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The war between the feminist left and the conservative right over the role of women as mothers and as citizens (i.e. “Mommy War”) may have come to an end. With it will go years of dedication to a cause many believed to be righteous and good. As has been demonstrated time and again, Christian and conservative pundits are professional political prostitutes, hooking themselves and their cause for a place at the table of the establishment. What they have never quite grasped is that the meal isn’t free, or even cheap for that matter.

Sarah Palin’s instant rise to fame amongst so-called conservatives is proof-positive of this. Here we have a woman who may be juggling the office of vice president , one of the most demanding and dangerous jobs on the planet, with her god-given role as a wife and a mother. In fact, she is a mother of five,  two of which have special needs. That is, she’s got two children with special needs if we still believe pre-marital sex and teenage pregnancy is justifiably a special situation requiring special attention and extraordinary care. Such a situation would, at least in years past, cause conservatives and most Christians great concern. At bare minimum it would have been reason for serious speculation and reserve. But not for Palin. She has been given the red carpet, is portrayed in ways reminiscent to the Blessed Virgin Mary, and is given a “Pass Criticism Free” card.

James Dobson, a man who has insisted for years that children (especially those with special needs and in their most formidable years) need their mothers. He has claimed, and rightly so, that it is essential for the physical, emotional, psychological, and religious well-being of the child. Rather predictably, Dobson has shown amazing signs of forgetfulness, backpedaling on virtually all of these assertions. In an interview with radio host and contributing writer for, Dennis Prager, the flip-flop doc said that Palin made him feel much like he did when Reagan was put in office. This was because, as Dobson put it, “everything that we had hoped for and been working for had come to pass.” Too bad that most of us were not aware that placing a mother of five, and two with special needs, into the extremely demanding (and dangerous) office of vice president was something he had been hoping for and working toward. I presume it is a matter of our inability to read between the lines.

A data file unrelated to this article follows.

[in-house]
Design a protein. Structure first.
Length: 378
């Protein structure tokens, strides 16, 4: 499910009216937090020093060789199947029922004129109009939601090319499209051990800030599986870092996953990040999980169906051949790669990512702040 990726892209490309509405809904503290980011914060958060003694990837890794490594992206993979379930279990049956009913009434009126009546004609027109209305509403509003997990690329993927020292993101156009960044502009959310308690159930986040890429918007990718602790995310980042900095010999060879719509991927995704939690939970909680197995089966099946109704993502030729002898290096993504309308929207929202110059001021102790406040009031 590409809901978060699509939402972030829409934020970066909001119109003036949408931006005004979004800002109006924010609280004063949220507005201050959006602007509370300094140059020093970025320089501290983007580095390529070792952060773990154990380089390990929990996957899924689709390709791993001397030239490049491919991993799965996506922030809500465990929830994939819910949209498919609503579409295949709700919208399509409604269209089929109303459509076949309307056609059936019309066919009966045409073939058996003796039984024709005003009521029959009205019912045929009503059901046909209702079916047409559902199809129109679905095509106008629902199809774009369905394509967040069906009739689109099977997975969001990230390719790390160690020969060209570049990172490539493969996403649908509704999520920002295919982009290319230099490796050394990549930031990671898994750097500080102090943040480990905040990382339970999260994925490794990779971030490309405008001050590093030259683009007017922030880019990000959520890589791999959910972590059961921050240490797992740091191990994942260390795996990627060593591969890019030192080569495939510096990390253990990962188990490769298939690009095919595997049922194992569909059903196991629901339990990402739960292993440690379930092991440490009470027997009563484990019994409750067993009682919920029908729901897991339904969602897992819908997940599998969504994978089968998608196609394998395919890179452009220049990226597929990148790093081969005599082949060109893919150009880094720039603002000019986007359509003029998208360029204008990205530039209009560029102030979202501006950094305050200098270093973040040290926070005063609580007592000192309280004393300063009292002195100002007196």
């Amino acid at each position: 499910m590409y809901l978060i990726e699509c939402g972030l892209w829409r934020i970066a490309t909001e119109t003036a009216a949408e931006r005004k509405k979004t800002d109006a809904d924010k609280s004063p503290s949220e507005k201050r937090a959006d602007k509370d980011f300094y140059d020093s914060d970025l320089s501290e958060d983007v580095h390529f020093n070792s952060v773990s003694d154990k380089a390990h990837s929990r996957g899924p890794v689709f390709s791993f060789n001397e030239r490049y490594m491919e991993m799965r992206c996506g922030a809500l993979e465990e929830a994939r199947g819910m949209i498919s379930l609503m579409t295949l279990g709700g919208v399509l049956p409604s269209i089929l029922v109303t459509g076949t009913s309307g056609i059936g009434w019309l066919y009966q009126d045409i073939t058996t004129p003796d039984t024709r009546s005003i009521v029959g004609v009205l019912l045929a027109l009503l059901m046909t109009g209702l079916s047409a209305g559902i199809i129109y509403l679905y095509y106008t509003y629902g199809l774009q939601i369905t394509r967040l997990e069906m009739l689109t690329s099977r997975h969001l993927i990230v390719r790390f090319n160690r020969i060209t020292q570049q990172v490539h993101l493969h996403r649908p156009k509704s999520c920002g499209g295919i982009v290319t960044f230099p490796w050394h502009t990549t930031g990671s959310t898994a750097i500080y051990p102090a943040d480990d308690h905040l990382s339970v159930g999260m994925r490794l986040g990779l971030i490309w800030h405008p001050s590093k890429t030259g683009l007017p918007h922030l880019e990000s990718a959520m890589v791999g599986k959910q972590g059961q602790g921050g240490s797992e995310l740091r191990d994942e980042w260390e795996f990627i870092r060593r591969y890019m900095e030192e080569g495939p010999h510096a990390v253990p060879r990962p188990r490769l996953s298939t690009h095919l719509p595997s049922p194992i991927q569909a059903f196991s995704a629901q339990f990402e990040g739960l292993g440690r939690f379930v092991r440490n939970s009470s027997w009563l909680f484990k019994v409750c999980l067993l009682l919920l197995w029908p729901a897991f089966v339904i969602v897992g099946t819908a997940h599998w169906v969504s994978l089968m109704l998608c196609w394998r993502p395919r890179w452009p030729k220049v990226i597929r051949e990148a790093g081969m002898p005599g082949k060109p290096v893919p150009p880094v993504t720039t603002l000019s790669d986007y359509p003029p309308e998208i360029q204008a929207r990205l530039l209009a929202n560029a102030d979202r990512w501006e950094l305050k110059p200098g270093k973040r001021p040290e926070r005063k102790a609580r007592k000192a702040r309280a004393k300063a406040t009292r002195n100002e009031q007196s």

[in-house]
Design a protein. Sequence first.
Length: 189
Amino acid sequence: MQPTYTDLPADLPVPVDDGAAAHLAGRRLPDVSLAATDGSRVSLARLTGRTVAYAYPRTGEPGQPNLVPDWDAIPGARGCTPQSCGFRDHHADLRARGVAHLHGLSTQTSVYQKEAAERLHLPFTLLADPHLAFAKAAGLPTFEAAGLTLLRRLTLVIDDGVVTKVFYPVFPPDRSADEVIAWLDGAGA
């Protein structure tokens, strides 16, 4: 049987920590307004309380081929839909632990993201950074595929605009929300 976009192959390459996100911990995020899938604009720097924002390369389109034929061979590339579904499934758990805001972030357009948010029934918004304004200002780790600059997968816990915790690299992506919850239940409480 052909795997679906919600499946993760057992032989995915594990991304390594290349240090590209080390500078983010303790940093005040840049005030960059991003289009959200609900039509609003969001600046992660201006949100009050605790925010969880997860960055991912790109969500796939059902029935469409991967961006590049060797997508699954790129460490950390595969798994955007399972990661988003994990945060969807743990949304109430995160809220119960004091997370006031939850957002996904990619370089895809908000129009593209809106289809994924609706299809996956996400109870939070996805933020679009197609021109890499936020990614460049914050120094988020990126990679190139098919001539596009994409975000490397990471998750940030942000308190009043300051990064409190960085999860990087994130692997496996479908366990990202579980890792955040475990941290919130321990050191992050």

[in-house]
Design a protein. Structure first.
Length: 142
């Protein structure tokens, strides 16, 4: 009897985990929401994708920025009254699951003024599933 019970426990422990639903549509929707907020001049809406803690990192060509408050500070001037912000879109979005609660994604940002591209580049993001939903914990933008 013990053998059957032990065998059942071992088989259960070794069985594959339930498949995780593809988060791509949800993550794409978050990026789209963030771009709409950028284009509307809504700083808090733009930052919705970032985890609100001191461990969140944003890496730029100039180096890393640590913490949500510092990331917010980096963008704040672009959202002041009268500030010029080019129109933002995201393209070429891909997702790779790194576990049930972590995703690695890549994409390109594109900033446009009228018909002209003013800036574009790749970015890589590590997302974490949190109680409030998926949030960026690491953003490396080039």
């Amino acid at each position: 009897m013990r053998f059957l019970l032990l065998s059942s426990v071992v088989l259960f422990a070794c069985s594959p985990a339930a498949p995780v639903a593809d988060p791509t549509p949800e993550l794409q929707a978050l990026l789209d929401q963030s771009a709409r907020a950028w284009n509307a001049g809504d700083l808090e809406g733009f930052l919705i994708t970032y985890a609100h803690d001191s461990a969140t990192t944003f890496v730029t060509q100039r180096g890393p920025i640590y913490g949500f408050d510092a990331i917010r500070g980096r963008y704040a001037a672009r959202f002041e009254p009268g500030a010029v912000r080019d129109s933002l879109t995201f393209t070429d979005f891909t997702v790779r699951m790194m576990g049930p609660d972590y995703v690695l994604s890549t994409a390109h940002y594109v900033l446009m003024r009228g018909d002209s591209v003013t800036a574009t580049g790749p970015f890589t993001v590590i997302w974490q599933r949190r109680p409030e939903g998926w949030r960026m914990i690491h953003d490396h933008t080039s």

Another pundit tossing up the white flag is Maggie Gallagher. In her article entitled “Sarah Palin’s Pioneering Streak” she says that Palin is providing women with a unique woman figure: the pioneer. According to Gallagher, these “traditional” types take care of the home and the community. The pioneers understand that their primary purpose is tending to the needs of their children and home, but this doesn’t bar them from social responsibility. And in the instance where the husband (or men) drop the gun with danger quickly approaching, they know how to pick up the gun and take down the beast that wishes to devour. So is the life of the pioneering woman. This, we are told by Gallagher, is the amazing life of Palin.

But are we really so dense as to buy into what Gallagher is saying? Pioneer-type women may be traditional in the sense that knickers are, but this doesn’t make them preferable. We also have to face the fact that Palin has been negligent in taking care of her family responsibilities. She has sacrificed her sacred trust for political porridge. Still more, Gallagher’s illustration of the pioneer picking up the gun misses the mark. The pioneer woman would only pick up the gun if her husband (or a man) couldn’t do it. And once she had killed the creature, she would tend to the man and make sure he could return to his traditional roles as provider and protector.